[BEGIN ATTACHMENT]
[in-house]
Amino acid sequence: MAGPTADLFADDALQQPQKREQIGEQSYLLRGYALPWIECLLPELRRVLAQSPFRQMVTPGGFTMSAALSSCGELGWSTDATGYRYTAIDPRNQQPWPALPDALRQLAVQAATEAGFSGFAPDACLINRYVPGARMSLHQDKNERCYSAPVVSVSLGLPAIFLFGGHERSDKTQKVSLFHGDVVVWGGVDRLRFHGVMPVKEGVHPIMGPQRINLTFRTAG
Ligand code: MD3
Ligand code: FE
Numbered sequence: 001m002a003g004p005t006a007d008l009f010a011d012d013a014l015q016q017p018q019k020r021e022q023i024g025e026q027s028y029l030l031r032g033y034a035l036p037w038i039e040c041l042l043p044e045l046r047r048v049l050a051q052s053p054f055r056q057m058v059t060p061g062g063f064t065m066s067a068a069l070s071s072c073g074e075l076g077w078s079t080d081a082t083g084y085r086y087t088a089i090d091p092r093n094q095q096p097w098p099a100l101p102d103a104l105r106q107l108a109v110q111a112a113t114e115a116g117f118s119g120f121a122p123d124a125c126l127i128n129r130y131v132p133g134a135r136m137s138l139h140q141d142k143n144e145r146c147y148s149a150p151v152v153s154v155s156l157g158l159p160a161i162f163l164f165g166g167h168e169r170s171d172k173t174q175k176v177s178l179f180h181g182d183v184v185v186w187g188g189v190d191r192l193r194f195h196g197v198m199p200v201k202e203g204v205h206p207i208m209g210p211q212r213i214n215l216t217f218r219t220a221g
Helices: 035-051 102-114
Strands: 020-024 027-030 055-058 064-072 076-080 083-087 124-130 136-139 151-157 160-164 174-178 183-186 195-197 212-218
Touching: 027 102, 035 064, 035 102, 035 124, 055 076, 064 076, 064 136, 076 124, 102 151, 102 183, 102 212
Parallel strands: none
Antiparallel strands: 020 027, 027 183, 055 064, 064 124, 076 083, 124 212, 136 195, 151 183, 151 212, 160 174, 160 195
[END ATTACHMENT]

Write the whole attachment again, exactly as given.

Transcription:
[in-house]
Amino acid sequence: MAGPTADLFADDALQQPQKREQIGEQSYLLRGYALPWIECLLPELRRVLAQSPFRQMVTPGGFTMSAALSSCGELGWSTDATGYRYTAIDPRNQQPWPALPDALRQLAVQAATEAGFSGFAPDACLINRYVPGARMSLHQDKNERCYSAPVVSVSLGLPAIFLFGGHERSDKTQKVSLFHGDVVVWGGVDRLRFHGVMPVKEGVHPIMGPQRINLTFRTAG
Ligand code: MD3
Ligand code: FE
Numbered sequence: 001m002a003g004p005t006a007d008l009f010a011d012d013a014l015q016q017p018q019k020r021e022q023i024g025e026q027s028y029l030l031r032g033y034a035l036p037w038i039e040c041l042l043p044e045l046r047r048v049l050a051q052s053p054f055r056q057m058v059t060p061g062g063f064t065m066s067a068a069l070s071s072c073g074e075l076g077w078s079t080d081a082t083g084y085r086y087t088a089i090d091p092r093n094q095q096p097w098p099a100l101p102d103a104l105r106q107l108a109v110q111a112a113t114e115a116g117f118s119g120f121a122p123d124a125c126l127i128n129r130y131v132p133g134a135r136m137s138l139h140q141d142k143n144e145r146c147y148s149a150p151v152v153s154v155s156l157g158l159p160a161i162f163l164f165g166g167h168e169r170s171d172k173t174q175k176v177s178l179f180h181g182d183v184v185v186w187g188g189v190d191r192l193r194f195h196g197v198m199p200v201k202e203g204v205h206p207i208m209g210p211q212r213i214n215l216t217f218r219t220a221g
Helices: 035-051 102-114
Strands: 020-024 027-030 055-058 064-072 076-080 083-087 124-130 136-139 151-157 160-164 174-178 183-186 195-197 212-218
Touching: 027 102, 035 064, 035 102, 035 124, 055 076, 064 076, 064 136, 076 124, 102 151, 102 183, 102 212
Parallel strands: none
Antiparallel strands: 020 027, 027 183, 055 064, 064 124, 076 083, 124 212, 136 195, 151 183, 151 212, 160 174, 160 195